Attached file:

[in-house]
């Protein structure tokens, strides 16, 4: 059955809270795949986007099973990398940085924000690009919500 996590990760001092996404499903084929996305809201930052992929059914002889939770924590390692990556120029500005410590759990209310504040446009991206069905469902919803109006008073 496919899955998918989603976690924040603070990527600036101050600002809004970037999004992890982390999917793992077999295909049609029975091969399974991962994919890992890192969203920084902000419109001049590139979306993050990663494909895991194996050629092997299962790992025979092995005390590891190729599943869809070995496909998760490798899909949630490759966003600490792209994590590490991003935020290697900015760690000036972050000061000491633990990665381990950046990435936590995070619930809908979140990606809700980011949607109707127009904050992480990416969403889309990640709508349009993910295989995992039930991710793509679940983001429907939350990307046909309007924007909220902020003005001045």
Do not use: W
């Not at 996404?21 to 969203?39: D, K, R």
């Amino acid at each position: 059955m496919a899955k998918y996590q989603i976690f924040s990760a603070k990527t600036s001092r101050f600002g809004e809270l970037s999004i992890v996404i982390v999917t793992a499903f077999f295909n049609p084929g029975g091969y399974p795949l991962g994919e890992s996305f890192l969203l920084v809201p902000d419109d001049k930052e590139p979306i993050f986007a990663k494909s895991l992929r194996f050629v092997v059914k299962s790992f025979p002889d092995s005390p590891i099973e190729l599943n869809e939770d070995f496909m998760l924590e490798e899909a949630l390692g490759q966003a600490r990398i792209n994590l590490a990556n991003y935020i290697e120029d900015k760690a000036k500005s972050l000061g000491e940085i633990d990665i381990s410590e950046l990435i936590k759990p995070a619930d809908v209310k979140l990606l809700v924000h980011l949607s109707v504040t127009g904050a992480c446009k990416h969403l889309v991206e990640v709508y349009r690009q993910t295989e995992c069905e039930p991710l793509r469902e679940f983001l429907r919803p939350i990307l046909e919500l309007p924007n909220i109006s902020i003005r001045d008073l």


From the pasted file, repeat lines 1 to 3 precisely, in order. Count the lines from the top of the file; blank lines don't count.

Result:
[in-house]
């Protein structure tokens, strides 16, 4: 059955809270795949986007099973990398940085924000690009919500 996590990760001092996404499903084929996305809201930052992929059914002889939770924590390692990556120029500005410590759990209310504040446009991206069905469902919803109006008073 496919899955998918989603976690924040603070990527600036101050600002809004970037999004992890982390999917793992077999295909049609029975091969399974991962994919890992890192969203920084902000419109001049590139979306993050990663494909895991194996050629092997299962790992025979092995005390590891190729599943869809070995496909998760490798899909949630490759966003600490792209994590590490991003935020290697900015760690000036972050000061000491633990990665381990950046990435936590995070619930809908979140990606809700980011949607109707127009904050992480990416969403889309990640709508349009993910295989995992039930991710793509679940983001429907939350990307046909309007924007909220902020003005001045």
Do not use: W